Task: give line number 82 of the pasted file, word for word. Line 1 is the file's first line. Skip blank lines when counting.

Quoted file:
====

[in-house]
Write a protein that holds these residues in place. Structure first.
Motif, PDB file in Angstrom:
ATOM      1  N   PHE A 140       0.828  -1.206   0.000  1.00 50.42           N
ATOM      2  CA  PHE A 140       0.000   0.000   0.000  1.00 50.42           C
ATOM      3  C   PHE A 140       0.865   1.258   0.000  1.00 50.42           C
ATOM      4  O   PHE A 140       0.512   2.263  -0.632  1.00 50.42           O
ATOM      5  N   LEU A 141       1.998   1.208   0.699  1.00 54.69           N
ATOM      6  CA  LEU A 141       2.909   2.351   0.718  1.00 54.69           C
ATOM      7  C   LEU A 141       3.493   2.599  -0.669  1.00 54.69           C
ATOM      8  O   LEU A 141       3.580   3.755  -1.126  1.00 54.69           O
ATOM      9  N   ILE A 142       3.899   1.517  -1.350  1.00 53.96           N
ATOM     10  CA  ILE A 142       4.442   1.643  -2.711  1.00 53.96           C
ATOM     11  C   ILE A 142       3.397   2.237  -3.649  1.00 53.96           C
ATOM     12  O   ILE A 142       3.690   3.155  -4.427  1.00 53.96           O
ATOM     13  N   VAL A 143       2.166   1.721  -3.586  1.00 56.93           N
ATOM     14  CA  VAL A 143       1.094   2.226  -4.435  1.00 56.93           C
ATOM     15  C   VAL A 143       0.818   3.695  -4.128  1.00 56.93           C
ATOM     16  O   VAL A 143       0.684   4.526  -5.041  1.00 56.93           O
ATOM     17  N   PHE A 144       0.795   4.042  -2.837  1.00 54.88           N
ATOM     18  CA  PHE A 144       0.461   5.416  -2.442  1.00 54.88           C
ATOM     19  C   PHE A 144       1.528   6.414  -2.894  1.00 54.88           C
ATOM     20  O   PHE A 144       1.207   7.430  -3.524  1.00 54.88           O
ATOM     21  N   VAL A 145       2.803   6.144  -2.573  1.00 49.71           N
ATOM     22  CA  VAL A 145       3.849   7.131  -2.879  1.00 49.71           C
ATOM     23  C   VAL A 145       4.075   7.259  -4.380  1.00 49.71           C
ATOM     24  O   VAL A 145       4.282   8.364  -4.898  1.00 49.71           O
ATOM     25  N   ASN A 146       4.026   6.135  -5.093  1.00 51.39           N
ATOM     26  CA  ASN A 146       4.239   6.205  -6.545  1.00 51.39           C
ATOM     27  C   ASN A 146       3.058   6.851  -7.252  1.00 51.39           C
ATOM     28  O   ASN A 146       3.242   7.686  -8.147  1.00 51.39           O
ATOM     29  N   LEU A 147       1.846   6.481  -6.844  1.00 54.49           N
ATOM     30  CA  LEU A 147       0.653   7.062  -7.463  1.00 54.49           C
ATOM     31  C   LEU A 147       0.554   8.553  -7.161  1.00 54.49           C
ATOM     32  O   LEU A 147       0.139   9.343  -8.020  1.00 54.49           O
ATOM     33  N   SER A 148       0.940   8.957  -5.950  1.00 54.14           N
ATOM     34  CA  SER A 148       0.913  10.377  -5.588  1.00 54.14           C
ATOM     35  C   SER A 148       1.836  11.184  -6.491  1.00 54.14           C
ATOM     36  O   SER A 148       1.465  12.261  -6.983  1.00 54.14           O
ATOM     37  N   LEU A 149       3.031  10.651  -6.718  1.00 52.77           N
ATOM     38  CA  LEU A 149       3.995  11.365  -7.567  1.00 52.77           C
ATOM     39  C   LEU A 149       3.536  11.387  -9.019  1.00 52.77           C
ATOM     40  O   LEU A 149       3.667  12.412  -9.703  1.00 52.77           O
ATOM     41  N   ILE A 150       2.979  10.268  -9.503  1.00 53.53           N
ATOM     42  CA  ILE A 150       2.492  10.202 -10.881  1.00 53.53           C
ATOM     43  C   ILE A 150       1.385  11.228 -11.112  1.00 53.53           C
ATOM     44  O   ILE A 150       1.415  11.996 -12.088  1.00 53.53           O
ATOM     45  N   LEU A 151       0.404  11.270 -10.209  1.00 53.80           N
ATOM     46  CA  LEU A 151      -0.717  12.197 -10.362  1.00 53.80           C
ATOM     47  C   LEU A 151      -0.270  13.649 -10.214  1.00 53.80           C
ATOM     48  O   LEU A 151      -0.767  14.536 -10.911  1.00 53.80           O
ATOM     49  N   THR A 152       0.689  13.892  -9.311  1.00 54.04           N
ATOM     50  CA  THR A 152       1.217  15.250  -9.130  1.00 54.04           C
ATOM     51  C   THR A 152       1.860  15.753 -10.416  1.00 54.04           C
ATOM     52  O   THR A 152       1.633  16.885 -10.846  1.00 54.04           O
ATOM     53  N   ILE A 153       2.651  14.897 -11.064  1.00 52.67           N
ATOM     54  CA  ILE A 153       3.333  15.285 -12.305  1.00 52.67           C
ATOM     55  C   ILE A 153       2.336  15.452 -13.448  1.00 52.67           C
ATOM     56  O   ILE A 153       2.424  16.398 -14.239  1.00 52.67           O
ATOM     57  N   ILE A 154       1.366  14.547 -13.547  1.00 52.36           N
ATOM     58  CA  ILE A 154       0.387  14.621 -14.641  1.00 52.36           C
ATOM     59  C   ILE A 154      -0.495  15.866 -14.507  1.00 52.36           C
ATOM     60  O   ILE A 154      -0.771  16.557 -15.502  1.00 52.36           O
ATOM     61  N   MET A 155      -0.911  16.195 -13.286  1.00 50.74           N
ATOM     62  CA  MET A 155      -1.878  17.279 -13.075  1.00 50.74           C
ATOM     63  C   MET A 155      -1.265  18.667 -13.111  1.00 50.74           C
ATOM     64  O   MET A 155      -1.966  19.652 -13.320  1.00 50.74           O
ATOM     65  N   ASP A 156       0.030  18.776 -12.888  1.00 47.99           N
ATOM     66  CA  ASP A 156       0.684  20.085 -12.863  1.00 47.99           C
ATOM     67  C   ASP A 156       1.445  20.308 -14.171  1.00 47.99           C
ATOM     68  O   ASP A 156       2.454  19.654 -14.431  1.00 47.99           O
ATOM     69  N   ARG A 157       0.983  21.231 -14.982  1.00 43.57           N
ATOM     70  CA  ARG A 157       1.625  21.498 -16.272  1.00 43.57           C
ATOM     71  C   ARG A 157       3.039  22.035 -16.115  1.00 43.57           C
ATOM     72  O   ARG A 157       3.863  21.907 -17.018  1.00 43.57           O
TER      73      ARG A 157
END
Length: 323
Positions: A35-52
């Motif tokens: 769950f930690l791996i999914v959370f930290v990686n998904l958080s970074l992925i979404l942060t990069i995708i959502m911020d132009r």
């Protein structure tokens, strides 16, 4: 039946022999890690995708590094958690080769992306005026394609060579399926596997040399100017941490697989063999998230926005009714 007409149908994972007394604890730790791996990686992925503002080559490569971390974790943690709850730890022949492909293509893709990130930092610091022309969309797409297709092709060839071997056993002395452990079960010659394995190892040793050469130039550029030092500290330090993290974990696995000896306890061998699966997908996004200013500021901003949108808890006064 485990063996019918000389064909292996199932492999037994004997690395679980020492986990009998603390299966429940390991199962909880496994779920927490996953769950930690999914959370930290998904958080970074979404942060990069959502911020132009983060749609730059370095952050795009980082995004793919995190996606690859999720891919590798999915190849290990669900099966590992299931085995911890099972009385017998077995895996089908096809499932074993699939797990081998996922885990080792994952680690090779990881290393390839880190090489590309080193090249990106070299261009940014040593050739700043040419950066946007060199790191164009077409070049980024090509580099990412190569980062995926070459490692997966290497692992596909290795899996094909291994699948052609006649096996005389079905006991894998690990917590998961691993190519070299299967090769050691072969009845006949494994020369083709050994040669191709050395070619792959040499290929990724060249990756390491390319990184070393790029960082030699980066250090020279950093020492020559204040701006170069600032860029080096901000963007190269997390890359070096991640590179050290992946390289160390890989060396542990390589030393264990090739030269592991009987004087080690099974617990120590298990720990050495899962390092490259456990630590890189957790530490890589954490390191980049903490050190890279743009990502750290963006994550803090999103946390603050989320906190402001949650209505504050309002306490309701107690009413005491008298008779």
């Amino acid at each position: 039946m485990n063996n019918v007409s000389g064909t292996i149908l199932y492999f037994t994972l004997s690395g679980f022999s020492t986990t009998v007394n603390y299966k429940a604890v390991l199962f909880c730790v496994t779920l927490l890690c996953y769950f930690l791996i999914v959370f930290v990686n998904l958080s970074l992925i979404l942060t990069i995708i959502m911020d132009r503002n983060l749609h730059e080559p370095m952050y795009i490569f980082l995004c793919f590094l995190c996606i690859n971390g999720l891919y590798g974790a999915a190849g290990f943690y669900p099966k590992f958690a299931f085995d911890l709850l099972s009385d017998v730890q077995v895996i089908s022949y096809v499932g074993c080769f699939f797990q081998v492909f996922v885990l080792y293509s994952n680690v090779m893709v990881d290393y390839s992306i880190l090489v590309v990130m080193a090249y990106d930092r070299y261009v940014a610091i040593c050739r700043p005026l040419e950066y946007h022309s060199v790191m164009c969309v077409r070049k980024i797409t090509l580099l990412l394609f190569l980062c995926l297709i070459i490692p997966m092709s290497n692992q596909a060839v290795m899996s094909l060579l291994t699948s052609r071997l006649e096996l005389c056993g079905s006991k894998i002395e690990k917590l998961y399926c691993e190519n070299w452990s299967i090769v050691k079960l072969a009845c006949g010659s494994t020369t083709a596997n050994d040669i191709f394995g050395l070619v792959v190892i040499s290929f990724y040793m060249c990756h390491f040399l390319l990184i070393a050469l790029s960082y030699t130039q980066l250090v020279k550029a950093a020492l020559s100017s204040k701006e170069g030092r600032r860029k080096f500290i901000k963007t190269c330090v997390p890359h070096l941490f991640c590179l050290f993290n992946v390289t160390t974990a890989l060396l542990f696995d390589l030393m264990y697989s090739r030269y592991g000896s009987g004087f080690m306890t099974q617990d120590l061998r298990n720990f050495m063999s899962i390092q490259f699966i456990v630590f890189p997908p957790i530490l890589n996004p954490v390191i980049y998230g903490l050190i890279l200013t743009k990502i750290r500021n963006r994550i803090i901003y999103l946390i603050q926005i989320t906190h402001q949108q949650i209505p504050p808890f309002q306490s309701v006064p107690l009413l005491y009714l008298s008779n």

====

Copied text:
């Amino acid at each position: 039946m485990n063996n019918v007409s000389g064909t292996i149908l199932y492999f037994t994972l004997s690395g679980f022999s020492t986990t009998v007394n603390y299966k429940a604890v390991l199962f909880c730790v496994t779920l927490l890690c996953y769950f930690l791996i999914v959370f930290v990686n998904l958080s970074l992925i979404l942060t990069i995708i959502m911020d132009r503002n983060l749609h730059e080559p370095m952050y795009i490569f980082l995004c793919f590094l995190c996606i690859n971390g999720l891919y590798g974790a999915a190849g290990f943690y669900p099966k590992f958690a299931f085995d911890l709850l099972s009385d017998v730890q077995v895996i089908s022949y096809v499932g074993c080769f699939f797990q081998v492909f996922v885990l080792y293509s994952n680690v090779m893709v990881d290393y390839s992306i880190l090489v590309v990130m080193a090249y990106d930092r070299y261009v940014a610091i040593c050739r700043p005026l040419e950066y946007h022309s060199v790191m164009c969309v077409r070049k980024i797409t090509l580099l990412l394609f190569l980062c995926l297709i070459i490692p997966m092709s290497n692992q596909a060839v290795m899996s094909l060579l291994t699948s052609r071997l006649e096996l005389c056993g079905s006991k894998i002395e690990k917590l998961y399926c691993e190519n070299w452990s299967i090769v050691k079960l072969a009845c006949g010659s494994t020369t083709a596997n050994d040669i191709f394995g050395l070619v792959v190892i040499s290929f990724y040793m060249c990756h390491f040399l390319l990184i070393a050469l790029s960082y030699t130039q980066l250090v020279k550029a950093a020492l020559s100017s204040k701006e170069g030092r600032r860029k080096f500290i901000k963007t190269c330090v997390p890359h070096l941490f991640c590179l050290f993290n992946v390289t160390t974990a890989l060396l542990f696995d390589l030393m264990y697989s090739r030269y592991g000896s009987g004087f080690m306890t099974q617990d120590l061998r298990n720990f050495m063999s899962i390092q490259f699966i456990v630590f890189p997908p957790i530490l890589n996004p954490v390191i980049y998230g903490l050190i890279l200013t743009k990502i750290r500021n963006r994550i803090i901003y999103l946390i603050q926005i989320t906190h402001q949108q949650i209505p504050p808890f309002q306490s309701v006064p107690l009413l005491y009714l008298s008779n």